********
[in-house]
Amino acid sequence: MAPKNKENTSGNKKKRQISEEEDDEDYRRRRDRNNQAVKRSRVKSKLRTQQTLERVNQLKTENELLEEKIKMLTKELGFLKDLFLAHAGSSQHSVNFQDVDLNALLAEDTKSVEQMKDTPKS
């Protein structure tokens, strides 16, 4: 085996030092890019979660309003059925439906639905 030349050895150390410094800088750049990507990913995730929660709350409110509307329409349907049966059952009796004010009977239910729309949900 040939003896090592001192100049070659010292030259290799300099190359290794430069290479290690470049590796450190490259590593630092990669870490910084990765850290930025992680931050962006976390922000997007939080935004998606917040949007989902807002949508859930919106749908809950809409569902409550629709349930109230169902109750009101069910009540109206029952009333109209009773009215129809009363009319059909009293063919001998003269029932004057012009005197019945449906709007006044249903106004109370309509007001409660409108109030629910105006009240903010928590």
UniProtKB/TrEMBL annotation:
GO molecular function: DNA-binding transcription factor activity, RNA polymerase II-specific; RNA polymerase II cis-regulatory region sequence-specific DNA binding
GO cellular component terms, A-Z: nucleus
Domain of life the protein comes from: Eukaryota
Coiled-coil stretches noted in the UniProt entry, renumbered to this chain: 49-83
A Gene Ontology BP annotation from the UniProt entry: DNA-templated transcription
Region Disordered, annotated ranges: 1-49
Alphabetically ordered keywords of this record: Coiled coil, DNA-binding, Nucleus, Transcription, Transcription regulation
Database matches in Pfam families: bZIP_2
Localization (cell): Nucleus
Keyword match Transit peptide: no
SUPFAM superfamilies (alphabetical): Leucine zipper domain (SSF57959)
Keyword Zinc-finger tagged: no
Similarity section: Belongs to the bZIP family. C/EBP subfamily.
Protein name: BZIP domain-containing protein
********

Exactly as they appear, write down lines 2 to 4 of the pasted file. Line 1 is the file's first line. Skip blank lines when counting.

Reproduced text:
Amino acid sequence: MAPKNKENTSGNKKKRQISEEEDDEDYRRRRDRNNQAVKRSRVKSKLRTQQTLERVNQLKTENELLEEKIKMLTKELGFLKDLFLAHAGSSQHSVNFQDVDLNALLAEDTKSVEQMKDTPKS
């Protein structure tokens, strides 16, 4: 085996030092890019979660309003059925439906639905 030349050895150390410094800088750049990507990913995730929660709350409110509307329409349907049966059952009796004010009977239910729309949900 040939003896090592001192100049070659010292030259290799300099190359290794430069290479290690470049590796450190490259590593630092990669870490910084990765850290930025992680931050962006976390922000997007939080935004998606917040949007989902807002949508859930919106749908809950809409569902409550629709349930109230169902109750009101069910009540109206029952009333109209009773009215129809009363009319059909009293063919001998003269029932004057012009005197019945449906709007006044249903106004109370309509007001409660409108109030629910105006009240903010928590």
UniProtKB/TrEMBL annotation: